Aclidinium bromide for chronic obstructive pulmonary disease
- Aust Prescr 2014;37:172-9
- 13 August 2014
- DOI: 10.18773/austprescr.2014.069
Some of the views expressed in the following notes on newly approved products should be regarded as preliminary, as there may have been limited published data at the time of publication, and little experience in Australia of their safety or efficacy. However, the Editorial Executive Committee believes that comments made in good faith at an early stage may still be of value. Before new drugs are prescribed, the Committee believes it is important that more detailed information is obtained from the manufacturer's approved product information, a drug information centre or some other appropriate source.
Approved indication: chronic obstructive pulmonary disease
Bretaris Genuair (A Menarini)
375 microgram as dry powder for inhalation
Australian Medicines Handbook section 19.1.2
The treatment of chronic obstructive pulmonary disease aims to relieve symptoms and prevent deterioration. Patients whose symptoms are not relieved by short-acting bronchodilators are usually given maintenance treatment with a long-acting bronchodilator. This could be a beta agonist or an anticholinergic. Aclidinium adds to the choice of inhaled long-acting anticholinergic drugs. It is a muscarinic receptor antagonist which mediates airway smooth muscle contraction.
A multidose device is used to deliver aclidinium powder. (The metered dose is 400 microgram. This delivers 375 microgram of aclidinium bromide from the mouthpiece, which is equivalent to 322 microgram of aclidinium.) After inhalation, the forced expiratory volume in one second (FEV1) increases within 30 minutes. The peak effect is reached within three hours and bronchodilation is sustained for 12 hours. A twice-daily dose is therefore recommended. The peak plasma concentration is reached within 15 minutes and very little aclidinium reaches the systemic circulation as it is rapidly hydrolysed. Most of the metabolites are excreted in the urine, but renal impairment is unlikely to have a clinically significant effect on clearance. Similarly no dose adjustment is recommended for people with liver disease.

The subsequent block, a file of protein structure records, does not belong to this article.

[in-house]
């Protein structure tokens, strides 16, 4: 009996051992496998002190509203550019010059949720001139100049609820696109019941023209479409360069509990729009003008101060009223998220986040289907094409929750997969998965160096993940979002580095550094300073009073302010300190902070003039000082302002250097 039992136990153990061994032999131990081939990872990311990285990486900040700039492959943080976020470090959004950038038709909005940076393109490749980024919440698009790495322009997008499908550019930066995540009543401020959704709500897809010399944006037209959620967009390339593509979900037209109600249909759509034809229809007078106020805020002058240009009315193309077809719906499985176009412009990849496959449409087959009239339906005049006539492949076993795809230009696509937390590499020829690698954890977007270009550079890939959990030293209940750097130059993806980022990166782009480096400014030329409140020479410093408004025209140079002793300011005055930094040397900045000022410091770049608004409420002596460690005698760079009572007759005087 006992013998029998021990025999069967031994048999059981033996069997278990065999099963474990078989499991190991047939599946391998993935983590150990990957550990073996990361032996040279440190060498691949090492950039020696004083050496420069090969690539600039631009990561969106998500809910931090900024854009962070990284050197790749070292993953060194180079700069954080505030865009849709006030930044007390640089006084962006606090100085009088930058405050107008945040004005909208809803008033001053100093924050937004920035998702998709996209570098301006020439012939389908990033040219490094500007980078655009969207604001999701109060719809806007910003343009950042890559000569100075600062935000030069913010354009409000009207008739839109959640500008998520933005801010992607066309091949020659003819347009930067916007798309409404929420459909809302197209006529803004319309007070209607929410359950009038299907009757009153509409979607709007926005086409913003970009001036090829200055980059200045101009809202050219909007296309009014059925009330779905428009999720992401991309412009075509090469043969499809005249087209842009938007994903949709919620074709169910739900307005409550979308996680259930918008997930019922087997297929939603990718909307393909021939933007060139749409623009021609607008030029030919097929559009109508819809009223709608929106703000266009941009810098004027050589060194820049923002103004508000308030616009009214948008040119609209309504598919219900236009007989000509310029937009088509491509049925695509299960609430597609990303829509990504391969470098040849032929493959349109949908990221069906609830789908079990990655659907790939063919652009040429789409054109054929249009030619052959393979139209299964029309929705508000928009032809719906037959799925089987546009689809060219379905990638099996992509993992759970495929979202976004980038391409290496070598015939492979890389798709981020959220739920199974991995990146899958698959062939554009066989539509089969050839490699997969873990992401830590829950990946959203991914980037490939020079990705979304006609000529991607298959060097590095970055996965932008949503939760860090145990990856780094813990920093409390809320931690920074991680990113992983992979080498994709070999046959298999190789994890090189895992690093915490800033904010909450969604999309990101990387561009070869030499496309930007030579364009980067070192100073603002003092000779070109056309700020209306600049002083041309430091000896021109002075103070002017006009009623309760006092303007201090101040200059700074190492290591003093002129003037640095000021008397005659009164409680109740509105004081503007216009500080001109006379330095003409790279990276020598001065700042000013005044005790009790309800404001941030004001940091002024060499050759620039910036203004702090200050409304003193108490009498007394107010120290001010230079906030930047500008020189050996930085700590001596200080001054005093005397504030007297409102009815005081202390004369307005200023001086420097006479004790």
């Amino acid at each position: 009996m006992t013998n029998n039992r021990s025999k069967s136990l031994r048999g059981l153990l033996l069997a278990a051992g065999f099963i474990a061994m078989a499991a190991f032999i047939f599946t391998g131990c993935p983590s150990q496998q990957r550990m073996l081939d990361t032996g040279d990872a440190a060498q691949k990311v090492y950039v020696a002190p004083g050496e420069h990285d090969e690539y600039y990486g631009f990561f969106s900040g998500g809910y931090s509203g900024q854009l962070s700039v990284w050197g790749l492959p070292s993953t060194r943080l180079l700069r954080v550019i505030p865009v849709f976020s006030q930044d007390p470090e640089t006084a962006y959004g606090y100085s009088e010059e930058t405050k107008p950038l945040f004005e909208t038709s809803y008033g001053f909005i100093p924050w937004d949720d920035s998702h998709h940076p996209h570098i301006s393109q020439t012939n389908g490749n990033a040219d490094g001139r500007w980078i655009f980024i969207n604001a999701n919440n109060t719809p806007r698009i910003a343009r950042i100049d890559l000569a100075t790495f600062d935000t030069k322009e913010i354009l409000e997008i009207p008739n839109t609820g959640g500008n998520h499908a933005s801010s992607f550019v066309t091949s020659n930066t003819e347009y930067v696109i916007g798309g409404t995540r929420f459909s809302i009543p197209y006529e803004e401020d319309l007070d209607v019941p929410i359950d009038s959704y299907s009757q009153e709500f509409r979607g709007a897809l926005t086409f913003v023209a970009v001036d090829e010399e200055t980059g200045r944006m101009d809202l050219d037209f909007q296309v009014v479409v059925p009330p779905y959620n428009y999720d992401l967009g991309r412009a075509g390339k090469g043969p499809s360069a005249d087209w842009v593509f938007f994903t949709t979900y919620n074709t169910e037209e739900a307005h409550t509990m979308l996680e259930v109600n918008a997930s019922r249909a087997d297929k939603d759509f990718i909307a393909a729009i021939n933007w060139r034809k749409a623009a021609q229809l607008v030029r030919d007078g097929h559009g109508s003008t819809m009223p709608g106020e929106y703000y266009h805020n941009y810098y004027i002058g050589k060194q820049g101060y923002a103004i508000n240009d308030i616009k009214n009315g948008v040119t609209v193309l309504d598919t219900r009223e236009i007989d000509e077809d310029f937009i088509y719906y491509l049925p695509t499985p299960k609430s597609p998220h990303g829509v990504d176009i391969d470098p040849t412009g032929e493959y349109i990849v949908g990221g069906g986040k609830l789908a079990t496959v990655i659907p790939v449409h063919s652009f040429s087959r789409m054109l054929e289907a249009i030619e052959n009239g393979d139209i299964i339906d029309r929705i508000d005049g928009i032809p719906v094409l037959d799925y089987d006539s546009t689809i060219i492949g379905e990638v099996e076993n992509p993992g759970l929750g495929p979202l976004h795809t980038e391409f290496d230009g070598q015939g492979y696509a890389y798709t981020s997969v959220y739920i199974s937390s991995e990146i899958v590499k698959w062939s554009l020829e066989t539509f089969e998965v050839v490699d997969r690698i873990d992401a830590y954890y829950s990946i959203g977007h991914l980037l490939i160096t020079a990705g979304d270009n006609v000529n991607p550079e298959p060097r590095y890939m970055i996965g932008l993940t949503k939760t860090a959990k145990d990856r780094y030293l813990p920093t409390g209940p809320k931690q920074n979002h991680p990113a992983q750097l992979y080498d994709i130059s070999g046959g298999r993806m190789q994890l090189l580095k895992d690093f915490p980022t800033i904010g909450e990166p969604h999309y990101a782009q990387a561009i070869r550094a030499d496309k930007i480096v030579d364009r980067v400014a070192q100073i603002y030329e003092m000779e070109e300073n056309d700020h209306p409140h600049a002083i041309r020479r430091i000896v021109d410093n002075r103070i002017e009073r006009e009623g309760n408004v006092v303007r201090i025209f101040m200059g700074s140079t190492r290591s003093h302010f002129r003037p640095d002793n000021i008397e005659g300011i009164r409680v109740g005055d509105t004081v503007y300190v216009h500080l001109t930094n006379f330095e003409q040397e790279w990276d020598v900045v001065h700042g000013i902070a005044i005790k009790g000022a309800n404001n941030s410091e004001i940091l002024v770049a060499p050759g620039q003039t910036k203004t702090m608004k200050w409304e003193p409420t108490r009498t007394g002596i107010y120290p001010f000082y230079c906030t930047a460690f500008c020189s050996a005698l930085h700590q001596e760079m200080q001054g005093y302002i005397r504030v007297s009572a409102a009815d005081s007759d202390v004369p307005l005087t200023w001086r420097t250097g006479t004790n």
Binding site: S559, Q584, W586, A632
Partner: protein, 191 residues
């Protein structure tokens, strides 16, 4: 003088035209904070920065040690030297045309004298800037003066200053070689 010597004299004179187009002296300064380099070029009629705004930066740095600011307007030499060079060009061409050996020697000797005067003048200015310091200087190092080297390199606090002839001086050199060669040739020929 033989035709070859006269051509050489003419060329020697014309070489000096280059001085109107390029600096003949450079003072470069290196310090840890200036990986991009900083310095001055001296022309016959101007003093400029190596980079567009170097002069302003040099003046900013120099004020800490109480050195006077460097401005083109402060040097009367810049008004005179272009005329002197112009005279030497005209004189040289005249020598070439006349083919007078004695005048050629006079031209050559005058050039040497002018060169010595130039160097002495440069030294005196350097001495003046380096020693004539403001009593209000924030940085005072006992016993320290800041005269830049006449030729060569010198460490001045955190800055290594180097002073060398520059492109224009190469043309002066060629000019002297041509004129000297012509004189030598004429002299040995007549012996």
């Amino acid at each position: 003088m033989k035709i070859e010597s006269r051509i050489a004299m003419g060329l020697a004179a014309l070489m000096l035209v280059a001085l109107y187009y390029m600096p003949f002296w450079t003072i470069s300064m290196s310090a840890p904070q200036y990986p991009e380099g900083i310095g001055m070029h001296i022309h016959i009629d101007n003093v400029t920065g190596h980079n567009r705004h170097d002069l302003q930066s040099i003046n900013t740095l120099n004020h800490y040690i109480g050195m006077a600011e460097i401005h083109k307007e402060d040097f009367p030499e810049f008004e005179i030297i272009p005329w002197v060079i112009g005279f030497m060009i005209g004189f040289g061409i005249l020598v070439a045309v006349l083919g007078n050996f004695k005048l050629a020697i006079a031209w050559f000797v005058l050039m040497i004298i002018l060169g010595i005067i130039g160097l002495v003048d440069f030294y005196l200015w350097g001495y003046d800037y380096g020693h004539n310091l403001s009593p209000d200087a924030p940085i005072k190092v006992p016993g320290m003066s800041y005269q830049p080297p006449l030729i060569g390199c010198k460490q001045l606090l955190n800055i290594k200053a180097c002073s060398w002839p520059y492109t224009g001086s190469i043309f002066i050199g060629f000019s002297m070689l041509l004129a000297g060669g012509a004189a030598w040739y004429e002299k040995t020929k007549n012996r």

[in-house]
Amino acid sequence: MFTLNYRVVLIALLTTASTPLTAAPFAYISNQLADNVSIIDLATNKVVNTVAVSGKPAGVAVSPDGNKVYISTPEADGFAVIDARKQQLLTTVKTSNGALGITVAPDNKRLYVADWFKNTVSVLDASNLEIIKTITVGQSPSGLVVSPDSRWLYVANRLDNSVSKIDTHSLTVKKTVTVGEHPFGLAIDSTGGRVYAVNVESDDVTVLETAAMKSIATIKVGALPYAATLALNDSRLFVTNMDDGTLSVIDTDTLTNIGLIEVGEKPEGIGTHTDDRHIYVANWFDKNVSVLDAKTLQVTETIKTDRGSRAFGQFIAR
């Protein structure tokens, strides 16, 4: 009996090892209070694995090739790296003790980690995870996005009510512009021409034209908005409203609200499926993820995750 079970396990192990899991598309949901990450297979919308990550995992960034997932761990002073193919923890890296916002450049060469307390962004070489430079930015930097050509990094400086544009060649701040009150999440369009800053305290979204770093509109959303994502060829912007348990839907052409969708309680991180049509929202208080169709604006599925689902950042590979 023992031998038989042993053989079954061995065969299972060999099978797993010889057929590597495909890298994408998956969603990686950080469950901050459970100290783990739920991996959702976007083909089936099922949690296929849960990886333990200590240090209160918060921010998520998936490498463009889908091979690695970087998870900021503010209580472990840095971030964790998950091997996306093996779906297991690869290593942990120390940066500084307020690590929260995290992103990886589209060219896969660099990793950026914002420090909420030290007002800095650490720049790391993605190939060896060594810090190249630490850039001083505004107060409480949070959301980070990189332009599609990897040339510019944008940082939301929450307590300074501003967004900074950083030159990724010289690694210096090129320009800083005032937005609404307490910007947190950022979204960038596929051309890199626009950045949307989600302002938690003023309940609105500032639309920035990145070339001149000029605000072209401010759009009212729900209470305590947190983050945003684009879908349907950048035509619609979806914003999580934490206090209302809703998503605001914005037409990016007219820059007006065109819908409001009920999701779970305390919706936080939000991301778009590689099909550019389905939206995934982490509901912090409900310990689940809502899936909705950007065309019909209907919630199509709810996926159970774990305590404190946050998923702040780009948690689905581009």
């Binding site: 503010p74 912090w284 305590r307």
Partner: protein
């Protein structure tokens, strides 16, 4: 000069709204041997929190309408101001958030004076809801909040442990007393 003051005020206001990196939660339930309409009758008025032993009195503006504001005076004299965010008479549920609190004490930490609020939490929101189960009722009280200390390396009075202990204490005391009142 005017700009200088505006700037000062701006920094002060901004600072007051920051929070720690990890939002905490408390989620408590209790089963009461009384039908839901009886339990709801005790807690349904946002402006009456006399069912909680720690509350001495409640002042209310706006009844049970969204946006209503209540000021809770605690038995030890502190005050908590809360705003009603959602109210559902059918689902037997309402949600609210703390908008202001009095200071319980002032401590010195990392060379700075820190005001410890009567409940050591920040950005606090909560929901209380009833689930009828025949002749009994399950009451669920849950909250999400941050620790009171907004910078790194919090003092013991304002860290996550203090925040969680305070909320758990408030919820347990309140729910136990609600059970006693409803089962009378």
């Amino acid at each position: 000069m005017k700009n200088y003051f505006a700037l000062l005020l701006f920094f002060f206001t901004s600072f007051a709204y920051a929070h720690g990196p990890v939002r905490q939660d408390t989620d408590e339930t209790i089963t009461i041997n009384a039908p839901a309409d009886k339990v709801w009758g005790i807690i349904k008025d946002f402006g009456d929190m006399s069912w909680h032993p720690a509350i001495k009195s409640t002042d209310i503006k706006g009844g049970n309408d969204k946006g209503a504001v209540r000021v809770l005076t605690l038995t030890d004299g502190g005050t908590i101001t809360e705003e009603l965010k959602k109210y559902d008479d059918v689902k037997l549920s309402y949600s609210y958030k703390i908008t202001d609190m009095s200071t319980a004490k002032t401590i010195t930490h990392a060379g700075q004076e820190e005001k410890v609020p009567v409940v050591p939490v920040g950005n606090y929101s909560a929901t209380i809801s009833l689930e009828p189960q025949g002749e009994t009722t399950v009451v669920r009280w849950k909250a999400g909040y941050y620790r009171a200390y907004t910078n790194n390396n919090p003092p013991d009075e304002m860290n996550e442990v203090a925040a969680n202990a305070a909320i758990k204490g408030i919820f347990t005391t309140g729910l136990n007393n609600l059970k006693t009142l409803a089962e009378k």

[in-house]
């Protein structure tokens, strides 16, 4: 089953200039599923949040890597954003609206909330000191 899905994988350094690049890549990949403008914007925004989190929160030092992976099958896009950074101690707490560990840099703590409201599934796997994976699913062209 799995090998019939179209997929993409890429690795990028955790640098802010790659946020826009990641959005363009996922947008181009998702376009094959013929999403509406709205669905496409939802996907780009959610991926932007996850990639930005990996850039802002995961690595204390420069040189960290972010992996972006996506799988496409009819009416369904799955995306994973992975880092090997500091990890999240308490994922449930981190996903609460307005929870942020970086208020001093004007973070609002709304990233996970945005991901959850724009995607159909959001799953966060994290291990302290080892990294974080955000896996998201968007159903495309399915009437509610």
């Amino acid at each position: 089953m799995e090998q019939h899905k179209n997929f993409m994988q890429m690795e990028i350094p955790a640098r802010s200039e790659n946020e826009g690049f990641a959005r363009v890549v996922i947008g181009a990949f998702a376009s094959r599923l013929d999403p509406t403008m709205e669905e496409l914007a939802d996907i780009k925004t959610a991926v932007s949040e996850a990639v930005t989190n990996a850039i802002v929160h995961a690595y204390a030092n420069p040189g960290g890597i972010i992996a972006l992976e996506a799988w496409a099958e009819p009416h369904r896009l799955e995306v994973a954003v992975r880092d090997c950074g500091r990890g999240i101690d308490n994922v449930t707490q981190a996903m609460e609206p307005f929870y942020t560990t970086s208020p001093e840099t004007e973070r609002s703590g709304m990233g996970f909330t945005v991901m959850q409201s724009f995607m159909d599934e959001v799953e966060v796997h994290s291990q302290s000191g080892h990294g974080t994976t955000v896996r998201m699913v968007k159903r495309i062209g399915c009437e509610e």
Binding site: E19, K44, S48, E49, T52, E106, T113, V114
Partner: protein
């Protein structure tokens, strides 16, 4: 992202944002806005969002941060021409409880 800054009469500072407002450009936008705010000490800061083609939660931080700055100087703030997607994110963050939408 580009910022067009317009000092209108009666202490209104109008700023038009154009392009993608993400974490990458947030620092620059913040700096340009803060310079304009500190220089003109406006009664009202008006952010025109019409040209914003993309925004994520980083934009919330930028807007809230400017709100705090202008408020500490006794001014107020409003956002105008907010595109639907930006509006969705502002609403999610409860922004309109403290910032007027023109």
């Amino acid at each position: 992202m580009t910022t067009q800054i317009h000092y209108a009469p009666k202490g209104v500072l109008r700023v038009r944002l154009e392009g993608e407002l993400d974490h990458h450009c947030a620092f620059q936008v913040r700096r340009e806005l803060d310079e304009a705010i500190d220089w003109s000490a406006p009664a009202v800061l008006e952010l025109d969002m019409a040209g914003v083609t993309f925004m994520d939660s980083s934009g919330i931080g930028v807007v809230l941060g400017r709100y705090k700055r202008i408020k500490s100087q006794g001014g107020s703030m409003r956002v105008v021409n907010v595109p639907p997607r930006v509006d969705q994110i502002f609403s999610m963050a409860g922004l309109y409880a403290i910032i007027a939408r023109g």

In a phase II trial aclidinium bromide 400 microgram (twice daily) was compared with placebo and tiotropium 18 microgram (once daily) in 30 smokers or ex-smokers with chronic obstructive pulmonary disease. Each patient inhaled each treatment for 15 days with a washout period between each course. The mean baseline FEV1 was 1.5 L. After 15 days the morning pre-dose FEV1 had increased by 143 mL with aclidinium, 107 mL with tiotropium, and decreased by 43 mL with placebo.1
A larger trial randomised 561 patients to inhale aclidinium or placebo twice daily for 12 weeks. These patients had FEV1 values between 30% and 80% of their predicted value. At the start of the study the mean FEV1 was 1.36 L, which was approximately 47% of the predicted value. The primary outcome of the trial was the change in FEV1measured just before the morning dose (trough value). After 12 weeks the trough FEV1 had increased by 62 mL with aclidinium 200 microgram and by 99 mL with 400 microgram. The mean trough FEV1 in the placebo group declined by 25 mL. Treatment with aclidinium also improved the patients' peak FEV1 significantly more than placebo.2